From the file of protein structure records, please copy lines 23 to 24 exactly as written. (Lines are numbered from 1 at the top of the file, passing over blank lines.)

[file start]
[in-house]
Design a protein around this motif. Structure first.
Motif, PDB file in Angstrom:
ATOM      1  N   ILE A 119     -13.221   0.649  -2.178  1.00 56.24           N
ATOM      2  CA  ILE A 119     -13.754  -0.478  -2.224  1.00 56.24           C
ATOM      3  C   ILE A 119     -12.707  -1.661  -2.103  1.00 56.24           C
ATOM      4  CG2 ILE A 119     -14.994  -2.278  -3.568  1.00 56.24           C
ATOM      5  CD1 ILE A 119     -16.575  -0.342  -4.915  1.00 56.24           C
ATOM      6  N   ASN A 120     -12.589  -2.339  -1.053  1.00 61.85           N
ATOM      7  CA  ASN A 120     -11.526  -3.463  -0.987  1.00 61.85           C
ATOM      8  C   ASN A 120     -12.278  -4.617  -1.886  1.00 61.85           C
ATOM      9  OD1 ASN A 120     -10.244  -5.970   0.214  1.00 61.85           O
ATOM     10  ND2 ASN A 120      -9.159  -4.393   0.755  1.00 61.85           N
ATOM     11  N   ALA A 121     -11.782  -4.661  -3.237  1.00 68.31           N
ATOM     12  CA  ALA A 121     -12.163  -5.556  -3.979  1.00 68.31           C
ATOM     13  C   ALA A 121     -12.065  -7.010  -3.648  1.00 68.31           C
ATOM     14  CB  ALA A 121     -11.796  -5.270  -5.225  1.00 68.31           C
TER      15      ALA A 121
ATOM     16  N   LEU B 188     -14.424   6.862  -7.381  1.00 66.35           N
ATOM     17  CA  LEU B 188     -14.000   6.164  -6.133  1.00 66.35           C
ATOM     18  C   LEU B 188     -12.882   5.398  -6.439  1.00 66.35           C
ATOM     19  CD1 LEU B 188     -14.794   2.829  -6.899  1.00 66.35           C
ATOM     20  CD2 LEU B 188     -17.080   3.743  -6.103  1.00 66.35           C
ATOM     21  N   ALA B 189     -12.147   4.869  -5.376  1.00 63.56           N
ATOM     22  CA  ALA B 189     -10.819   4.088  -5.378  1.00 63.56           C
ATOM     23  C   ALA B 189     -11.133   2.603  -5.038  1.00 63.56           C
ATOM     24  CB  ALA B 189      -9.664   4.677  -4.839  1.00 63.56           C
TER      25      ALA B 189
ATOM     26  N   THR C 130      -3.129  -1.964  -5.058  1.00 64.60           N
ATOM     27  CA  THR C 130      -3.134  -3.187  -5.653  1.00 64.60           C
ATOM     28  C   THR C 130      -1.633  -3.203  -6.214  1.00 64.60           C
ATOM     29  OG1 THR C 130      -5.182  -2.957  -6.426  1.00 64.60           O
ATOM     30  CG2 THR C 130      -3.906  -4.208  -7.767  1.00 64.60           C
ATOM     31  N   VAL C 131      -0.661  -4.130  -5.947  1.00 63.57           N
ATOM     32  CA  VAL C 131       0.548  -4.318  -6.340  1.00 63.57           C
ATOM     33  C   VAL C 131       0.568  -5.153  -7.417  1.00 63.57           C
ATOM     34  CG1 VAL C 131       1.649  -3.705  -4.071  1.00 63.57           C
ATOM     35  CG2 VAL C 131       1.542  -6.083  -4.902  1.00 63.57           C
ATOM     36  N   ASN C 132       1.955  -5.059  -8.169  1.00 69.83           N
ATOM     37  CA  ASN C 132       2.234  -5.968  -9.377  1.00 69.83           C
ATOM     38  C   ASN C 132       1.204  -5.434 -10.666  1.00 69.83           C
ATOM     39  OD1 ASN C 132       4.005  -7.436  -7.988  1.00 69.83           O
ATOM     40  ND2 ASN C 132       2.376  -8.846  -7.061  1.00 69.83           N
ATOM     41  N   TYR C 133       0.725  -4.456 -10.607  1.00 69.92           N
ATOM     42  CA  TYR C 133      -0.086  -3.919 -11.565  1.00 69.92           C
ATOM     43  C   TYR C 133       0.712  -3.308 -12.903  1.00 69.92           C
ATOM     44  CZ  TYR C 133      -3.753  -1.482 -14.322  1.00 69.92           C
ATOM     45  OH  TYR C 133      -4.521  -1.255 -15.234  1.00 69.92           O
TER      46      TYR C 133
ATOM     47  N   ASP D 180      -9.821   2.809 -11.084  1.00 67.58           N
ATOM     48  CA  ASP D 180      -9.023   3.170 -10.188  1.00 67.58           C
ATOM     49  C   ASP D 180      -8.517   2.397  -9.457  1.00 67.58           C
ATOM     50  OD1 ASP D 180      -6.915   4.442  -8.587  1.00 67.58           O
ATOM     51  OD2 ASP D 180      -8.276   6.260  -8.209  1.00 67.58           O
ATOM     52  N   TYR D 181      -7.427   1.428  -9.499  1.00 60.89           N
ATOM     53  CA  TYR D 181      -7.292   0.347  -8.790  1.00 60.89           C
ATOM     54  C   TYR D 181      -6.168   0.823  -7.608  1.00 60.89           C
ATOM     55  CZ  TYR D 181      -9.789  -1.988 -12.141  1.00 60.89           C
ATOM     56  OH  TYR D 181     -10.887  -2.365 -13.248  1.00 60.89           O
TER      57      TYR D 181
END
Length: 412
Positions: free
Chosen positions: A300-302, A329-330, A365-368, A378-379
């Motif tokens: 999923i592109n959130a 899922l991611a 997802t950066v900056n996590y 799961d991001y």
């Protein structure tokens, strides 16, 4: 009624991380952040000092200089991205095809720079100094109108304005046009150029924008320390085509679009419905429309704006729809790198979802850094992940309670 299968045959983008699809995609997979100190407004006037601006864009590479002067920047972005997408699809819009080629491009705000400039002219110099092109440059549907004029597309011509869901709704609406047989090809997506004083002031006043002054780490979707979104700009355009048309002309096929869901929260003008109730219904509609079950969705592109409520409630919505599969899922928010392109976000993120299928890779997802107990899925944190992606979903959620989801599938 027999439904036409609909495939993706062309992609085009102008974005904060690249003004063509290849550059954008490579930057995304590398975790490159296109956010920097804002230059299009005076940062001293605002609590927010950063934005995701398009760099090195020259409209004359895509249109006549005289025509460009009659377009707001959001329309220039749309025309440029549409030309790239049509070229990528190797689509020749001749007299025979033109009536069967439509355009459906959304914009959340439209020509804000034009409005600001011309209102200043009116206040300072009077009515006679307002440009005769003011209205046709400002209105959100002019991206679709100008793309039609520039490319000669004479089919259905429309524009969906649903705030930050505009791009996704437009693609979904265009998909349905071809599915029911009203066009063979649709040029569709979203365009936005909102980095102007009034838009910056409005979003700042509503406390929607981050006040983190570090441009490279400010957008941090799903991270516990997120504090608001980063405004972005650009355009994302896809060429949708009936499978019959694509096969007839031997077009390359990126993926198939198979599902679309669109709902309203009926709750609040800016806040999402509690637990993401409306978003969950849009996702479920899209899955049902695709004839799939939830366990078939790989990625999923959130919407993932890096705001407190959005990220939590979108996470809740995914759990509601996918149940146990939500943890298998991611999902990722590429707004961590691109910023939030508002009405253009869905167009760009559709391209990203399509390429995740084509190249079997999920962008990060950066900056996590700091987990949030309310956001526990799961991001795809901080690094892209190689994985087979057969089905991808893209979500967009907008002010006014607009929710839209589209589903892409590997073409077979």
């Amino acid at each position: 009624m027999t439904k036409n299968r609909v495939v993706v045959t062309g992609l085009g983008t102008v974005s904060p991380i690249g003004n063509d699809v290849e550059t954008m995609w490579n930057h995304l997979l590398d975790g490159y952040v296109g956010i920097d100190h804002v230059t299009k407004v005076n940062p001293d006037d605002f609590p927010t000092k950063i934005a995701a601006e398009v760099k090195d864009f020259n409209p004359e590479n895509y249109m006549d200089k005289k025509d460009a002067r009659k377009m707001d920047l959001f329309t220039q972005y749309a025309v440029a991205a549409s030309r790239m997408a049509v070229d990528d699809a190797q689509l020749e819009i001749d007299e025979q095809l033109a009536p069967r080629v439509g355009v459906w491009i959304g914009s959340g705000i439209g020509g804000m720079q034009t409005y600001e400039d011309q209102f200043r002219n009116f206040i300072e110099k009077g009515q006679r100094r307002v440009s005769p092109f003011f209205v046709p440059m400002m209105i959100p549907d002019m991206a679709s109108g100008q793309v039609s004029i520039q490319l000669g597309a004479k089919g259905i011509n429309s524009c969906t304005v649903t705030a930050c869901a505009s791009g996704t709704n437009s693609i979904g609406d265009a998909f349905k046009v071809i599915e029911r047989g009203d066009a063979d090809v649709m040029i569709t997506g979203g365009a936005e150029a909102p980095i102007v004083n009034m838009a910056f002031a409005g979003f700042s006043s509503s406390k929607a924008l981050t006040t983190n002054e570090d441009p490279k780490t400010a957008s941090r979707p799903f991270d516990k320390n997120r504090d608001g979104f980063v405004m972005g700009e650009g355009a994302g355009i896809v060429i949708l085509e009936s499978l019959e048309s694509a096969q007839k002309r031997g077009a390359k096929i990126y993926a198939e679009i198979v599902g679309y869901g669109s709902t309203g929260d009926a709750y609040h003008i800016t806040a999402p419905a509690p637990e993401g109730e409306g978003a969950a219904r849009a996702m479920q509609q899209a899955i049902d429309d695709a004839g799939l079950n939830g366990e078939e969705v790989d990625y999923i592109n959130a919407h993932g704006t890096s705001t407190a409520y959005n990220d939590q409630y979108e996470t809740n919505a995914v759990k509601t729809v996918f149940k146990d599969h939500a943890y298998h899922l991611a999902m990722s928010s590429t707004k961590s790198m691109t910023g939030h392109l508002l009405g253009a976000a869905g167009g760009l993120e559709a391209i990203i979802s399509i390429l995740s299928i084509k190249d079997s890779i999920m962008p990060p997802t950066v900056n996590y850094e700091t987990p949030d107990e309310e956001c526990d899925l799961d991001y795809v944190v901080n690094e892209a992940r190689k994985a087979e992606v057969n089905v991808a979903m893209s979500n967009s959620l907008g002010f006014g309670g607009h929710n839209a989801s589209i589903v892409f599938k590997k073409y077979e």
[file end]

ATOM     20  CD2 LEU B 188     -17.080   3.743  -6.103  1.00 66.35           C
ATOM     21  N   ALA B 189     -12.147   4.869  -5.376  1.00 63.56           N